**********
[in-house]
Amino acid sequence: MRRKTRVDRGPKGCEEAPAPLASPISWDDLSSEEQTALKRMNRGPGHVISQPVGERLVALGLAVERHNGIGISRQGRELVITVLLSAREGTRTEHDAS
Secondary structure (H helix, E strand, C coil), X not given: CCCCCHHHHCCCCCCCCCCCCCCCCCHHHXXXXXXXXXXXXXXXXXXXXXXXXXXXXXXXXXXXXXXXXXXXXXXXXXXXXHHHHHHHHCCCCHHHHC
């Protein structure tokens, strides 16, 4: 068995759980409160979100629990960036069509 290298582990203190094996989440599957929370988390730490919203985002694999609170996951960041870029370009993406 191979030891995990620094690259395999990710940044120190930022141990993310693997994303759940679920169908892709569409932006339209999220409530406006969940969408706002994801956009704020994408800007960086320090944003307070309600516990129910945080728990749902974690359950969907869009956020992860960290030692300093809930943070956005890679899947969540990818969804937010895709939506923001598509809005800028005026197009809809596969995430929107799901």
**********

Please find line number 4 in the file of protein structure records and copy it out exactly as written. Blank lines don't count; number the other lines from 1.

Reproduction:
């Protein structure tokens, strides 16, 4: 068995759980409160979100629990960036069509 290298582990203190094996989440599957929370988390730490919203985002694999609170996951960041870029370009993406 191979030891995990620094690259395999990710940044120190930022141990993310693997994303759940679920169908892709569409932006339209999220409530406006969940969408706002994801956009704020994408800007960086320090944003307070309600516990129910945080728990749902974690359950969907869009956020992860960290030692300093809930943070956005890679899947969540990818969804937010895709939506923001598509809005800028005026197009809809596969995430929107799901």